Dreams have a way of coming true in New York and this week it looks like it is time for some OWS protesters to have their hopes fulfilled. The Wall Street Journal reports that Wall Street firms are drastically cutting bonus packages for their top earners, citing:
lower trading revenue, languid deal-making, new regulations and anxiety about the global economy. Other pressures include weak financial-company stock prices and sour public sentiment that culminated in the Occupy Wall Street encampment in New York.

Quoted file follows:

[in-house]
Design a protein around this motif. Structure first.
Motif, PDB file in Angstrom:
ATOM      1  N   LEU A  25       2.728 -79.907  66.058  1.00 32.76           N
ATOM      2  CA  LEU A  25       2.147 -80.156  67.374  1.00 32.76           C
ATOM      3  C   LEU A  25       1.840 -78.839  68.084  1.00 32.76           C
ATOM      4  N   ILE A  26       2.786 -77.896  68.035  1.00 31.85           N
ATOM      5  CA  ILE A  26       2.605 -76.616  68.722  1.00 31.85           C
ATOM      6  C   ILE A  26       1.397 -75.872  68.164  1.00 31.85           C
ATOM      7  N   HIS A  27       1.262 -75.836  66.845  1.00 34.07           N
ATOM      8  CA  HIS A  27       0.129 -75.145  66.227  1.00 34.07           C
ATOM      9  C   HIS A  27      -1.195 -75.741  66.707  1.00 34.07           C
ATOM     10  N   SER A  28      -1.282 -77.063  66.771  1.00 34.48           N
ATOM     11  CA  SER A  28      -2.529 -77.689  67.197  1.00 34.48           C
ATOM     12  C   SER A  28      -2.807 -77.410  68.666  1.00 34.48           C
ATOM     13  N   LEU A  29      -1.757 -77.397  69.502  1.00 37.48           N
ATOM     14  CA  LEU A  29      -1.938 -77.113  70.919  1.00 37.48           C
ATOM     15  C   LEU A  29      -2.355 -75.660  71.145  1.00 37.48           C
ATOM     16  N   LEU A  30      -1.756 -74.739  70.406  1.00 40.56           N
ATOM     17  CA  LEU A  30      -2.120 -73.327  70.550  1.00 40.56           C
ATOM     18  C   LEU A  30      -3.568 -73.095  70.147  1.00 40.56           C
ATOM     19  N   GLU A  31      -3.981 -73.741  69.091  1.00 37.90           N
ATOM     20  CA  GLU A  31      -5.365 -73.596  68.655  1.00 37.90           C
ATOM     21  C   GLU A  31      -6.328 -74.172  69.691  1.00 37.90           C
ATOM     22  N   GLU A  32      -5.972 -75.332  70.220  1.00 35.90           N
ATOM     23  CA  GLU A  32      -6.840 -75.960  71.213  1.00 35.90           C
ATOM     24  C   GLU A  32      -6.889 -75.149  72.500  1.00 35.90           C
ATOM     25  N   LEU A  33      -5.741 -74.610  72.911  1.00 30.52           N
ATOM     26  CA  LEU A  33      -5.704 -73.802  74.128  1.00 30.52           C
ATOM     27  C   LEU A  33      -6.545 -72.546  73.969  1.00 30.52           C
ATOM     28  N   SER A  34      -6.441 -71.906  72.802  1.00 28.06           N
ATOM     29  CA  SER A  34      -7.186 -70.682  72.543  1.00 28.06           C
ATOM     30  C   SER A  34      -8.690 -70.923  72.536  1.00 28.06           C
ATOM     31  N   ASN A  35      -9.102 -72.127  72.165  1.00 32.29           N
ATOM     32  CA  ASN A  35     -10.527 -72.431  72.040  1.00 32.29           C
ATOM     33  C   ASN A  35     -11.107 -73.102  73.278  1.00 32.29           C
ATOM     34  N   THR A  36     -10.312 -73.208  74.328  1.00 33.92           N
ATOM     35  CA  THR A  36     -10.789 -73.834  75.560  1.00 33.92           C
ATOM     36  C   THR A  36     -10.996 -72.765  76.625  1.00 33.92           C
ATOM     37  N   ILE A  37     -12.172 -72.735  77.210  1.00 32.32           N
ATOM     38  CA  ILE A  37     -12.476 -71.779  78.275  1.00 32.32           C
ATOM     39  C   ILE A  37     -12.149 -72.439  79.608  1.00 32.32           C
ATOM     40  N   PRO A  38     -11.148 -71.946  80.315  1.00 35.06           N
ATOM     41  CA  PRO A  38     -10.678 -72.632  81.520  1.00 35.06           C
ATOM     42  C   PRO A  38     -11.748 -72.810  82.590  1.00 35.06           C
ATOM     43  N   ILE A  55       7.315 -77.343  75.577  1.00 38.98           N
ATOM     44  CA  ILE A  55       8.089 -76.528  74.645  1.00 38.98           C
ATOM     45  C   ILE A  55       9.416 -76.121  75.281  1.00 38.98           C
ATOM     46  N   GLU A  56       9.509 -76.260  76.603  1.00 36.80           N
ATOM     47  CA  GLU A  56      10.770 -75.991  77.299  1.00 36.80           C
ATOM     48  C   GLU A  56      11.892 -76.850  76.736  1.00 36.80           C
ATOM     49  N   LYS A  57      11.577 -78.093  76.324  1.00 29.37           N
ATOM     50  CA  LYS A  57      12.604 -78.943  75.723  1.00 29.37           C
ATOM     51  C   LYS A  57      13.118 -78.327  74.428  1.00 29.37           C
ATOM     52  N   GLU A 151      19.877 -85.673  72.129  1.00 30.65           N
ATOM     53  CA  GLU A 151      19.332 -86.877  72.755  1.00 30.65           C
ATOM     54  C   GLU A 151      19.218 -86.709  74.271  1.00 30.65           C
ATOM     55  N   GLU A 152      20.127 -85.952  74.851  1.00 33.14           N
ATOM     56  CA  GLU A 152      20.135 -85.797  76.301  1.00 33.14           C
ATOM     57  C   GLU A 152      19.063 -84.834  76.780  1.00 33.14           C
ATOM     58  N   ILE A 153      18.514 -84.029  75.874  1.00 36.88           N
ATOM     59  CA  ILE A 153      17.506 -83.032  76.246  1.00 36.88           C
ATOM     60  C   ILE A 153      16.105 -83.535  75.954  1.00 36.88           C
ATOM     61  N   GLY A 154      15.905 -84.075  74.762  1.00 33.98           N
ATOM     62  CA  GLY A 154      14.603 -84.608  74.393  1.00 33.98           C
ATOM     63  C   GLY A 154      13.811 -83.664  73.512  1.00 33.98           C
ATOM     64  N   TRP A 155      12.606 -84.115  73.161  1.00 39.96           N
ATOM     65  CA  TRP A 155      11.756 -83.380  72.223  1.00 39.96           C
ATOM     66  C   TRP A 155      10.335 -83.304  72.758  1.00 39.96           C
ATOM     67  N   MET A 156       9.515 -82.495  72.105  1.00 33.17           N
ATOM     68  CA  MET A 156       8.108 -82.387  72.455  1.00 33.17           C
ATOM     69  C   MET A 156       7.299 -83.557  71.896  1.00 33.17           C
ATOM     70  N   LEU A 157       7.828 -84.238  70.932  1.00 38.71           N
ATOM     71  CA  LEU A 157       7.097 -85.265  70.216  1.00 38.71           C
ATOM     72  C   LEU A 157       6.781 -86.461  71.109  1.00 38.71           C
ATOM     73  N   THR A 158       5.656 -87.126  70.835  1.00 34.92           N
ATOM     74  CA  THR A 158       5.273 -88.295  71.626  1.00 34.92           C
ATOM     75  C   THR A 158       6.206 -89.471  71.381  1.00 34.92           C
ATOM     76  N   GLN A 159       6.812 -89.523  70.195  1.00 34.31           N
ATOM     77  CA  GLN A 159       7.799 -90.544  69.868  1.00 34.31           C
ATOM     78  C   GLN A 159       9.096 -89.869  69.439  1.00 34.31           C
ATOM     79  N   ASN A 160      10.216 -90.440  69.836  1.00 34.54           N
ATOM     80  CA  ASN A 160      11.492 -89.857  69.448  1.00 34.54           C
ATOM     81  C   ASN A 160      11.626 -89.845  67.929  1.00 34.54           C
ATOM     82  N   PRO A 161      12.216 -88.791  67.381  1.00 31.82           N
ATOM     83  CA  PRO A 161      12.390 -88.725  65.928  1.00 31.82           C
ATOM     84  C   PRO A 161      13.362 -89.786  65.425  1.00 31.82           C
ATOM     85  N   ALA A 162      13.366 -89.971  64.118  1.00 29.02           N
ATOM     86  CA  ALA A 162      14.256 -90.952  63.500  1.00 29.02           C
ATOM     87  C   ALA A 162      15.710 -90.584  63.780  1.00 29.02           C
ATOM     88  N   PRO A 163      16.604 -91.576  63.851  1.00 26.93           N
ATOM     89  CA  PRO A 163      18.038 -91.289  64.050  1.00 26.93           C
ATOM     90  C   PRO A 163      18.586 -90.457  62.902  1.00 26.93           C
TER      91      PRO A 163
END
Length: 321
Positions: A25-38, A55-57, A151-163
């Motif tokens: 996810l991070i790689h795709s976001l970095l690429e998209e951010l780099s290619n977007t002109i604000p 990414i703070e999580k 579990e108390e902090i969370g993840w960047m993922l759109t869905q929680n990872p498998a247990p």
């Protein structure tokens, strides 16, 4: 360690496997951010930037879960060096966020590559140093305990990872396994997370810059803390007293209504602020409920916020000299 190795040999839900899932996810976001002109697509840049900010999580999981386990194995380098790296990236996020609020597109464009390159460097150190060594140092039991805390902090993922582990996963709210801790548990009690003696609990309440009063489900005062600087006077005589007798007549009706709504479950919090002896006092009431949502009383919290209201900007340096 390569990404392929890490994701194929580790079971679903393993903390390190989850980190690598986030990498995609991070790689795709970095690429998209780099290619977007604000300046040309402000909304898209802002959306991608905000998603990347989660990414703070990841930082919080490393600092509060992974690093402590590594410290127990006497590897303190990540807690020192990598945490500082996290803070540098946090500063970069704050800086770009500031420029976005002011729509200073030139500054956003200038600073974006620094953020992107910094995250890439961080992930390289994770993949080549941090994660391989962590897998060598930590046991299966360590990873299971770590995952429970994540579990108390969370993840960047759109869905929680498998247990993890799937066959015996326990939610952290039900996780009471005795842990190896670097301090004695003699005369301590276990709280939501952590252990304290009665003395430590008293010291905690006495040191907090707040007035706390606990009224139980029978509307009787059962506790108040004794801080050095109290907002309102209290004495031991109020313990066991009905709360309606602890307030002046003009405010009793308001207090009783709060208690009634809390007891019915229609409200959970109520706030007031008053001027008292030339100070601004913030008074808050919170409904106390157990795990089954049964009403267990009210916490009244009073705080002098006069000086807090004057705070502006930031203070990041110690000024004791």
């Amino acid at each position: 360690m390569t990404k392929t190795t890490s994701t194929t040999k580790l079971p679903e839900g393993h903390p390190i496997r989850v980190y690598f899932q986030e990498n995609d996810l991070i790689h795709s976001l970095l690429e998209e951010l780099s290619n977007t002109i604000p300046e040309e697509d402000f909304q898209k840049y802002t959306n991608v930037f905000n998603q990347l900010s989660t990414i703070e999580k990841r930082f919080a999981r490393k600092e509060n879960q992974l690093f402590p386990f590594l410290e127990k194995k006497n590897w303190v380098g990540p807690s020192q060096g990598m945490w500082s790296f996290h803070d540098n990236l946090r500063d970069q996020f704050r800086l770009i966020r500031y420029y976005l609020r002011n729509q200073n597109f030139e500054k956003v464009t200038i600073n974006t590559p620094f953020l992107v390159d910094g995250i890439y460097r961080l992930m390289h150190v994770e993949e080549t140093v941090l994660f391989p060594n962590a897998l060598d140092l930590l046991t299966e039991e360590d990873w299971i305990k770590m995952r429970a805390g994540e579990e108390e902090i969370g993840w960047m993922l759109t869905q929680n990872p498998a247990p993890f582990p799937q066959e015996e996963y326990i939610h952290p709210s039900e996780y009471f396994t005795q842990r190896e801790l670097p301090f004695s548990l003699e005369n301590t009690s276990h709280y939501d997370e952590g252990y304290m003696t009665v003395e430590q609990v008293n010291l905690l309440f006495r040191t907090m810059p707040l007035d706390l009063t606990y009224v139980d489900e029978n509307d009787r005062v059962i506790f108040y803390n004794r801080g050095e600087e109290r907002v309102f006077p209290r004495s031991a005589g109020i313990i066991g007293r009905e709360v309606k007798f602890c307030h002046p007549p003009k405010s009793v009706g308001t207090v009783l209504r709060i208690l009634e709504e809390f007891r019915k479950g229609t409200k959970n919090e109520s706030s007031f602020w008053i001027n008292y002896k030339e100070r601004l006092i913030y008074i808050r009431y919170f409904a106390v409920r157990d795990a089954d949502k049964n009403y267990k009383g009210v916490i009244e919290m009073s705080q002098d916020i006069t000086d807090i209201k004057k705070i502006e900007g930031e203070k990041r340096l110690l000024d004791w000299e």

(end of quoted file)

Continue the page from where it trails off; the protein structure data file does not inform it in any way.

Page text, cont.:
The more well-to-do among the protestors will no doubt feel warmed by the fact that the rapacious fat cats on Wall Street are finally being cut down to size, but this moral victory for ego-tripping upper middle class students and career hacktivists is bad news for New York’s poor.New Yorkers have long gloated about their city’s ability to stay vital as nearby Philadelphia, Baltimore and Pittsburgh have faded to shadows of their former glory, but this vitality has been financed by high taxes on the extremely profitable financial sector. Lower profits and payrolls on Wall Street means lower revenue for the city, which in turn means layoffs, service cuts and pay freezes across the New York economy, especially in the public sector, which provides the services many poor New Yorkers depend on, and whose jobs keep many other New Yorkers in the middle class. A decidedly chill wind is in the air.North Korea, one can’t help observing, is by some measures the most equal country in the world.